Living With Bipolar Disorder and Clinical Depression: Part Two – Cleansing Your Circle

Becoming mentally healthy isn’t just about taking the right meds and seeing a shrink.  It’s a lifestyle change.  There are many factors such as diet and sleep that can affect your mood.   It’s also very important to be aware of who you surround yourself with.

If you are a recovering alcoholic, the last things you need to be around are bars and people who drink, especially in the early days of your recovery.  It will obviously get easier with time, but while the recovery is in its infancy, temptation and outside factors can set you back tremendously.   It can make things a lot harder than they need to be and can lead to falling off the wagon.  The same most certainly goes for depression.

If you have made concerted efforts to improve your quality of life and face the depression head on with doctors, medication and a change of lifestyle, it can be very challenging to be around others who are depressed.   I have had to take stock of who I surround myself with and determine whether they are actually helping me recover or are detrimental to my health.    While the natural instinct is to think “hey, I’ve sorted myself out, I can help others”, it is usually far more difficult than that.  It is much easier for someone in a depressive state to bring you down to their mood instead of you being able to elevate theirs.  I’ve had a few people in my life I have had to disassociate myself with because I was always brought down to their emotional level and I would be left questioning how healthy I really was.  It was the perception of me being unhealthy to make that person feel better, rather than the reality that I was recovering and they were not. Misery loves company.

I find it very hard to be around people who suffer from chronic depression who do not take strides to get better. This may sound elitist, but the reality is, my health and happiness are more important than enabling someone else’s depression.  I have no time for people who constantly remind me of who I used to be.  Part of the process of healing is forgiving yourself for previous mistakes and taking ownership of them.   This can become a lot harder if someone is constantly reminding you of your previous mistakes and relapses or are quick to jump on you for a current mistake by saying your meds need adjusting. I know who I used to be and I have taken steps to correct that. If I’m having an off day, which we are all allowed, depression or not (I will get into this more in a later blog), I don’t need to told that I am falling back into my old ways and I just up or change my meds.  I’m not.  I’m just having an off day.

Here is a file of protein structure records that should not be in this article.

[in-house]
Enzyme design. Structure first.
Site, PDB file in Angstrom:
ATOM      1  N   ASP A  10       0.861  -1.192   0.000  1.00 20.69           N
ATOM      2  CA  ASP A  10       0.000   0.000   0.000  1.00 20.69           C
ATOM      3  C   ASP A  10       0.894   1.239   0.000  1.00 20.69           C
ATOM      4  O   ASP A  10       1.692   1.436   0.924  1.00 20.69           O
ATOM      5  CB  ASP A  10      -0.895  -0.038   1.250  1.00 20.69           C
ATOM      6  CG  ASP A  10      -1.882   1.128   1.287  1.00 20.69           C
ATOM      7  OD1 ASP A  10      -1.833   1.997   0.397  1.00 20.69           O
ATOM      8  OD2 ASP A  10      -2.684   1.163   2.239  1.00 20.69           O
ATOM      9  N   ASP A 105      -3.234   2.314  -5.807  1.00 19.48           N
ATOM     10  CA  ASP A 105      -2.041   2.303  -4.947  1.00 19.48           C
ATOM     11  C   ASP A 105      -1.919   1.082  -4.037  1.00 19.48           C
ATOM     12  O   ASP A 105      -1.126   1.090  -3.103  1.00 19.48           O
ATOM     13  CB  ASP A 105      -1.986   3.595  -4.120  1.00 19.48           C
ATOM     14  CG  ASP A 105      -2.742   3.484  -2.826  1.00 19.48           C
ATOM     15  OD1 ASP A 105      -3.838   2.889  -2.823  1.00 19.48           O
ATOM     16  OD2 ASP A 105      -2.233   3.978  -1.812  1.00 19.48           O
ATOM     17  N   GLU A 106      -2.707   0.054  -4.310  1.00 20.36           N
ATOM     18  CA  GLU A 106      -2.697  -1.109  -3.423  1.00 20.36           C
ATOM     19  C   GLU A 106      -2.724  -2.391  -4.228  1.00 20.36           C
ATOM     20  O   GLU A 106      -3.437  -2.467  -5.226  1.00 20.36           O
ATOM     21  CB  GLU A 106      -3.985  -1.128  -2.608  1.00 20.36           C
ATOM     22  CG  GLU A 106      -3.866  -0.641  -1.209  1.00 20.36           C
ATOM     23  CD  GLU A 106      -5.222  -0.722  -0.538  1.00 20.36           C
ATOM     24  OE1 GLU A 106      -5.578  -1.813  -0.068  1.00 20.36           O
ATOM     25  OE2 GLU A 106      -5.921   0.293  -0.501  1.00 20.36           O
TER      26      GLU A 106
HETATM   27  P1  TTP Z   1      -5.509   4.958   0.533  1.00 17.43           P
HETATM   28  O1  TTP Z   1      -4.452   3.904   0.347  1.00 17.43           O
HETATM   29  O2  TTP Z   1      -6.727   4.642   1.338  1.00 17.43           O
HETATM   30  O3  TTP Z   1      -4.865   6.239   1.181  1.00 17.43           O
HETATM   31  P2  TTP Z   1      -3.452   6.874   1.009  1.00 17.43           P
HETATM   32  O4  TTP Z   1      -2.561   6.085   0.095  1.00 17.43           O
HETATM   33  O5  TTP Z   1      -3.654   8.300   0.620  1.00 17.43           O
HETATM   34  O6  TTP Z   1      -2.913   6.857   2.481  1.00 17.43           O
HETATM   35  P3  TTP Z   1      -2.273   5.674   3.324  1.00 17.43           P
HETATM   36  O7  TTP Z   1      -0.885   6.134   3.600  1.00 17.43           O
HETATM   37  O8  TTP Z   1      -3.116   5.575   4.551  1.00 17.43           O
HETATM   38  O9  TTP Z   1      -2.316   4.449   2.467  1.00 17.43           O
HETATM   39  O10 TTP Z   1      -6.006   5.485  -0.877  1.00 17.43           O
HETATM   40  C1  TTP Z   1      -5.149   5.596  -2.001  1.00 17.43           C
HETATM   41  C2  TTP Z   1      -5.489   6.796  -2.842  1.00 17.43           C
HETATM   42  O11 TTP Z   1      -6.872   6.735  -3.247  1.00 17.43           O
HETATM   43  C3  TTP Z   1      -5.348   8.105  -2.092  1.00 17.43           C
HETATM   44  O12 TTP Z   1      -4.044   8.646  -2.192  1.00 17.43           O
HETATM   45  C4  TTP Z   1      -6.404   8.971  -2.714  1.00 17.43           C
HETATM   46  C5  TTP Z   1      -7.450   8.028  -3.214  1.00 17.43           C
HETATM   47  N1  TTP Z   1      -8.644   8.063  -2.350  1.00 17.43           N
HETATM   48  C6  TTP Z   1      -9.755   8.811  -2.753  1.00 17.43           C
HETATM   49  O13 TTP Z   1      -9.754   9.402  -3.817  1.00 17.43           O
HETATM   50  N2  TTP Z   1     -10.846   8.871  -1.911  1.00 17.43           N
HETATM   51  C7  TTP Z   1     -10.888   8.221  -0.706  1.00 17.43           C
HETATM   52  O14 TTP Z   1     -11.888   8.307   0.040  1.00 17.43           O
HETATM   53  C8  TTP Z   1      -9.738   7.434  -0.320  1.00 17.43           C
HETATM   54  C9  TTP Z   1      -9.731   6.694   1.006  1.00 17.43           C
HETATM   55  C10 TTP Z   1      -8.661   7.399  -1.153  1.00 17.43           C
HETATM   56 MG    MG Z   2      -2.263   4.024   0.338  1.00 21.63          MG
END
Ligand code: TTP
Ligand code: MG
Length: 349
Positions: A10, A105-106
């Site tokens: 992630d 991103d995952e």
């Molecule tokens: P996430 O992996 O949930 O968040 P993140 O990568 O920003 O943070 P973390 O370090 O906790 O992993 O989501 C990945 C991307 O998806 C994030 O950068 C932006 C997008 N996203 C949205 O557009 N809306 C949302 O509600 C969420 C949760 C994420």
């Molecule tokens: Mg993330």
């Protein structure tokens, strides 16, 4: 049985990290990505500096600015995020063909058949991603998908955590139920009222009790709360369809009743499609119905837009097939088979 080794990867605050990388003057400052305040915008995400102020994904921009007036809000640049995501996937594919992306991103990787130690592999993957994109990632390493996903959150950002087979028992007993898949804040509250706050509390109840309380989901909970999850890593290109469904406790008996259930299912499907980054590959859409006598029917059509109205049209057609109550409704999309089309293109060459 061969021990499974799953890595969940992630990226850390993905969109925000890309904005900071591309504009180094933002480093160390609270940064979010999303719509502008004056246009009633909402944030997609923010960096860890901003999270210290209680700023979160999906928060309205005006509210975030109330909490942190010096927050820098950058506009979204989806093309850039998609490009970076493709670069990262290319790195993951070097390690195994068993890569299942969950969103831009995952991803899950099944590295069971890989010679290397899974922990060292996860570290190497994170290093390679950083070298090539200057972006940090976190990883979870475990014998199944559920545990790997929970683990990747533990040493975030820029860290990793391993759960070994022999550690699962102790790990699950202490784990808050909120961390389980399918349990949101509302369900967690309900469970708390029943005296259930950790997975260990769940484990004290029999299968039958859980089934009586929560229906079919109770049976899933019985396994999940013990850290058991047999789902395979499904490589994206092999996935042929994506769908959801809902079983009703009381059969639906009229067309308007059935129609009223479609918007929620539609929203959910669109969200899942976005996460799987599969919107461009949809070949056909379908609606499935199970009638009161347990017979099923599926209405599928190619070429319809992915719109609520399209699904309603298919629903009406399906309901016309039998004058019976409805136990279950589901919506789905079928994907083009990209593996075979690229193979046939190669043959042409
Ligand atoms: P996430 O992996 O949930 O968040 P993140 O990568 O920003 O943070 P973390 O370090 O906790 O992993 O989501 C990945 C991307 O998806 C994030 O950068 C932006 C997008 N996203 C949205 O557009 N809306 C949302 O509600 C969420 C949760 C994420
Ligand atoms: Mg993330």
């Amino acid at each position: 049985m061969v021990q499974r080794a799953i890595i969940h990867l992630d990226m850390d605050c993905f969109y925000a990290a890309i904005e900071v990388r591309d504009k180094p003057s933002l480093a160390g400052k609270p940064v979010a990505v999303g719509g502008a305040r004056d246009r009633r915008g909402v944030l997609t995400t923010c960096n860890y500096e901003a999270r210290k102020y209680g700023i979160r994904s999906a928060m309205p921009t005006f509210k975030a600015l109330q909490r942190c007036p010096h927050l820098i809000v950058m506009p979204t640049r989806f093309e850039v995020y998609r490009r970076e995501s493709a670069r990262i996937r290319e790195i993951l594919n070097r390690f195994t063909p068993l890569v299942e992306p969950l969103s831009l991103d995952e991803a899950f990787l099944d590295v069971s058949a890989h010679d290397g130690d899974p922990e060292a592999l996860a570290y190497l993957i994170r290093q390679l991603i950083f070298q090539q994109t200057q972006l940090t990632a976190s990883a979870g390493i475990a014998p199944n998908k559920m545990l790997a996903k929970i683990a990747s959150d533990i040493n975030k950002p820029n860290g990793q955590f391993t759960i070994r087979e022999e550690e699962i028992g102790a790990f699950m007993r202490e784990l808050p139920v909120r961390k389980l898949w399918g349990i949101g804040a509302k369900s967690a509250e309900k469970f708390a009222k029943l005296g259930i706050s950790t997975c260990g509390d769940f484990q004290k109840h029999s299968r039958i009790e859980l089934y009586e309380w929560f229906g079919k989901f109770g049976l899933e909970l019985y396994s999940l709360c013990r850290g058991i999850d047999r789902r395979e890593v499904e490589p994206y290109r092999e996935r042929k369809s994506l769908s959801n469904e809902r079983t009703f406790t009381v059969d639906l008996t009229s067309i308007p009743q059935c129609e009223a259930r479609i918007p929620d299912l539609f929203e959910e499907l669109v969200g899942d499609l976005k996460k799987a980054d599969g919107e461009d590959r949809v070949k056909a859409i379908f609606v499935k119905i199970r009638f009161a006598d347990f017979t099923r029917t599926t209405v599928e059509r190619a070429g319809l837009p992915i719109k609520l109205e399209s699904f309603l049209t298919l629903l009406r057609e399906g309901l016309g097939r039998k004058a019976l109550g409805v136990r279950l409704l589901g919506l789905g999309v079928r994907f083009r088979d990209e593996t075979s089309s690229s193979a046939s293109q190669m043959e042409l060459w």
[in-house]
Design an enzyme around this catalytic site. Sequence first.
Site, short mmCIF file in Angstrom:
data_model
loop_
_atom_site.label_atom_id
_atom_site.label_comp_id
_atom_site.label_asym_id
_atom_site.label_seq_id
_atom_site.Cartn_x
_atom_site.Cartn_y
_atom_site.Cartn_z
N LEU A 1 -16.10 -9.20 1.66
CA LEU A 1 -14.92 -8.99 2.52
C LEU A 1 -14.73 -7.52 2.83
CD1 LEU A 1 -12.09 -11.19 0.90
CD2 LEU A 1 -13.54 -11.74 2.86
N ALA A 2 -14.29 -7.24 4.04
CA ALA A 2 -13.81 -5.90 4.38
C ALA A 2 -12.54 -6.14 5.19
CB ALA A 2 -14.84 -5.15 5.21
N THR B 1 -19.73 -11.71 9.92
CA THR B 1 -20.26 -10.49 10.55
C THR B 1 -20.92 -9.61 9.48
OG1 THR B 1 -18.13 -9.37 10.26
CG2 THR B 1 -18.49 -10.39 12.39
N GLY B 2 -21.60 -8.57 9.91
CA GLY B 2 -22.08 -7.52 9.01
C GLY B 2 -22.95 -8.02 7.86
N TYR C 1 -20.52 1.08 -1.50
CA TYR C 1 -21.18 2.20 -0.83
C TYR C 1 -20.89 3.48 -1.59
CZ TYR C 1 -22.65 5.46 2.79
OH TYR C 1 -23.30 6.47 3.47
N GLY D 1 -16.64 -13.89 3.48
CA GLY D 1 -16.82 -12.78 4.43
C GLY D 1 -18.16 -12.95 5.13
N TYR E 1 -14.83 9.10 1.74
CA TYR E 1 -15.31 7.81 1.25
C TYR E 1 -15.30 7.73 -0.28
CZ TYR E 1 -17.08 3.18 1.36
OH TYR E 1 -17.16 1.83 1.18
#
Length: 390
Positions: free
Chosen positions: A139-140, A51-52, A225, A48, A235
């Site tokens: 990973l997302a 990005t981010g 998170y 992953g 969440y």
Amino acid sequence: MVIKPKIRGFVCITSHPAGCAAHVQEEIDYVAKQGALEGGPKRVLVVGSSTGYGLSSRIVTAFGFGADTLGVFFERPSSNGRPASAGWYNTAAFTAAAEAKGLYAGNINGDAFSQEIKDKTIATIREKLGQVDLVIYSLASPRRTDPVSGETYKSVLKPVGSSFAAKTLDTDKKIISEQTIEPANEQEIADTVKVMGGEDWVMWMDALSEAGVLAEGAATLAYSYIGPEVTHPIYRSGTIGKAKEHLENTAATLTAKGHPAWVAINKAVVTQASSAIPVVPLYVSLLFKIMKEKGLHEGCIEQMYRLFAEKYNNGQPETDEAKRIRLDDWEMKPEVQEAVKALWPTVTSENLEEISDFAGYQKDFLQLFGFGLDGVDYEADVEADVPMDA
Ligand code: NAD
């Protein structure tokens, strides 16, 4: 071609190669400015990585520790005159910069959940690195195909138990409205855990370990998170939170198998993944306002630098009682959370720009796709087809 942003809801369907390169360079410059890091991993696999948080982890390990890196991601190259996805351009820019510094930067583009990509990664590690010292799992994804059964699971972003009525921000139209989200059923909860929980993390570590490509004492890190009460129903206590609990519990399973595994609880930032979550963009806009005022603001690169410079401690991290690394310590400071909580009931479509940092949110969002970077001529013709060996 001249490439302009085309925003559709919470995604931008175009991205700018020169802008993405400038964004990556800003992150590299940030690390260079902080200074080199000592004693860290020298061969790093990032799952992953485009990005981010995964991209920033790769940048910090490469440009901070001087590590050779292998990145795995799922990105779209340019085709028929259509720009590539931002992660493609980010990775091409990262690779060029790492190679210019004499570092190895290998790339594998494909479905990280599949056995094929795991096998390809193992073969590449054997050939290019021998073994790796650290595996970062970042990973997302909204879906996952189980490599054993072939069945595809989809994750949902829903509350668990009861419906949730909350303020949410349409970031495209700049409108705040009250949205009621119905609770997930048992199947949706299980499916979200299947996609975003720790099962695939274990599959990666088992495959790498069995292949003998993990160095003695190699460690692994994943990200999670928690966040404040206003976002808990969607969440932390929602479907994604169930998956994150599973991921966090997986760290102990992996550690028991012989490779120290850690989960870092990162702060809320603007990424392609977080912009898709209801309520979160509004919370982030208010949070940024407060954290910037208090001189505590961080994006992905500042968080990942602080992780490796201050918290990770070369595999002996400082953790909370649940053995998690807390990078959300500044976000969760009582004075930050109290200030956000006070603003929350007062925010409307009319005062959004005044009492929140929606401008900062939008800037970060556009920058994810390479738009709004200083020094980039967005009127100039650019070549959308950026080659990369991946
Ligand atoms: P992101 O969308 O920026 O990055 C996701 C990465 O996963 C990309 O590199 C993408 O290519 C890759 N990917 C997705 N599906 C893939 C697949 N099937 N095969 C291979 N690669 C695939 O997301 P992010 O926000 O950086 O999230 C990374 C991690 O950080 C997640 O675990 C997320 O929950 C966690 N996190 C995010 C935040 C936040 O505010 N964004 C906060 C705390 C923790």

That’s not to say that you should ignore people who say your mood is changing.  My wife is one of my core group who can tell if my mood is off. I trust her advice implicitly.  She doesn’t say it out of anger or spite.  Usually I can feel that something isn’t quite right by the time she tells me, but it’s good affirmation that I may need to increase my meds for a few days.

I’m not saying to do a massive friend purge, but give your circle an overview to make sure people who claim to be on your side actually are.  

Yours cleansingly,


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